The anthropometric parameters behaved in the expected way in the face of physiological stress that requires increased physical activity to generate more bioavailable energy, with increases in muscle mass and water and decrease in body fat.11) During any moderately intense or highly intense physical exercise (such as a resuscitation with a PPE against biological hazard), the blood pressure is increased to compensate the higher demand for energy. At the end of the exercise, a generalized vasodilatation results, and, as a consequence, a redistribution of blood, lowering blood pressure. After 5-6 minutes of concluding the exercise, the blood pressure decreases to the previous levels at rest, and the blood pressure decreases more to a level below baseline, maintaining this decrease for the following 5-6 hours.12) The physiological model explains these variations, as a response to intense exercise and the release of catecholamines, leading to peripheral vasoconstriction and to blood redistribution.13) We found no significant differences by sex, group or study subgroup among subjects with metabolic fatigue.14) Regarding the variation of lactic acid, during exercise of high intensity and short duration, the organism does not have enough oxygen immediately available, and must get energy through less efficient routes that generate more metabolic waste (glycolytic metabolism).15 Consequently, high levels of lactic acid form that decrease muscle capacity and the ability to generate energy, causing early fatigue.16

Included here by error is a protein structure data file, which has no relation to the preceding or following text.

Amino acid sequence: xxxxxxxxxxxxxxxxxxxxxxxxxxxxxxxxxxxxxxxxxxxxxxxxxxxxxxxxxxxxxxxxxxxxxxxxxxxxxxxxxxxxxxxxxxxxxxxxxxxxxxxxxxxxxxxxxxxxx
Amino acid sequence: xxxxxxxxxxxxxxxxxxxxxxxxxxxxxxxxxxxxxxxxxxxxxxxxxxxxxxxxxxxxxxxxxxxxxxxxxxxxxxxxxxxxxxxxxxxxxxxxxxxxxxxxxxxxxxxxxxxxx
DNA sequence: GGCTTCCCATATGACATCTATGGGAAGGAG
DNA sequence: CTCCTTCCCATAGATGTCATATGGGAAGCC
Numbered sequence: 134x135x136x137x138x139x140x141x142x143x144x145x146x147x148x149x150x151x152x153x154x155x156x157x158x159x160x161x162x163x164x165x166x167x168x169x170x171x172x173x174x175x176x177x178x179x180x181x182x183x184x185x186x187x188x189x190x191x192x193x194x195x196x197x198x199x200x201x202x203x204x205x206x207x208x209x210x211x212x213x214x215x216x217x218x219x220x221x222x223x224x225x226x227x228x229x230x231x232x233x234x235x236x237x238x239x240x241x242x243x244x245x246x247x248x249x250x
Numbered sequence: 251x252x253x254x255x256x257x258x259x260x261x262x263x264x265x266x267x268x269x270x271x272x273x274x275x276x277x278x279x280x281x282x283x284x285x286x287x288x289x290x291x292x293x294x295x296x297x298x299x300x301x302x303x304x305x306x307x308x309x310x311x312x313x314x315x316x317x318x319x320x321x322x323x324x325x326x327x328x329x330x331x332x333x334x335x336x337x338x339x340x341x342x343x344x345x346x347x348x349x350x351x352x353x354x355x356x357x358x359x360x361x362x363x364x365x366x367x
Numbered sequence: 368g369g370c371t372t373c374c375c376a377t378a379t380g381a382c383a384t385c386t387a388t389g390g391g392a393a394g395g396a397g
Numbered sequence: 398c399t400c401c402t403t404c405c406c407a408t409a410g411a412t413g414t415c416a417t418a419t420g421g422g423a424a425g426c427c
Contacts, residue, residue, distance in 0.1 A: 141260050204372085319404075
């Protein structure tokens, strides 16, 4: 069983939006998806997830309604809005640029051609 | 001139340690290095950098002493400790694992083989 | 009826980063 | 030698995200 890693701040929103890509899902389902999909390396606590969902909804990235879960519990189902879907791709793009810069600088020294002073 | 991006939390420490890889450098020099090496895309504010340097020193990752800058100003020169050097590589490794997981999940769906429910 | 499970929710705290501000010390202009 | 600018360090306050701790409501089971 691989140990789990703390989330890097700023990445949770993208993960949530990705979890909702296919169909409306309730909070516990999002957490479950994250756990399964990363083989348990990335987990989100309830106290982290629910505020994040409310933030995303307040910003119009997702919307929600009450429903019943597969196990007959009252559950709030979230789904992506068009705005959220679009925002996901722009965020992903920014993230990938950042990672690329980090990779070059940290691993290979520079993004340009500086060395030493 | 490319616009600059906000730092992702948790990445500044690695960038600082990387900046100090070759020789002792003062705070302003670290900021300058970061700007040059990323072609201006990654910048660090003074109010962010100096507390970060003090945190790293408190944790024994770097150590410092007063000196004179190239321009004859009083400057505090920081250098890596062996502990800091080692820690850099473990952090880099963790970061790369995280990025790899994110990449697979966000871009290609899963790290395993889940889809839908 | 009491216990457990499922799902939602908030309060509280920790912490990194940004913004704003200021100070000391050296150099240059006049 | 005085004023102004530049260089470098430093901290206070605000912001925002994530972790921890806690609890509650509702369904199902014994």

In this study, the lactate threshold direct correlated with the physical form of each subject, and revealed substantial differences between people with a high level of physical activity and people with a sedentary lifestyle.17 In healthy people, we can observe an increase in the levels of lactic acid during exercise of high intensity and short duration (more so in less trained persons). Lactic acid is generated as a metabolic byproduct, becoming recycled as it originates, to a point where the body is unable to recycle lactic acid and it accumulates above 4 mmol/L,15) exceeding the anaerobic threshold. Consequently, in high levels of lactic acid, the ability to generate energy decreases and muscle capacity decreases, appearing early fatigue.18 In trained people, this threshold may be higher, and even more important, the capacity to recycle lactic acid is higher, so large quantities cannot accumulate.19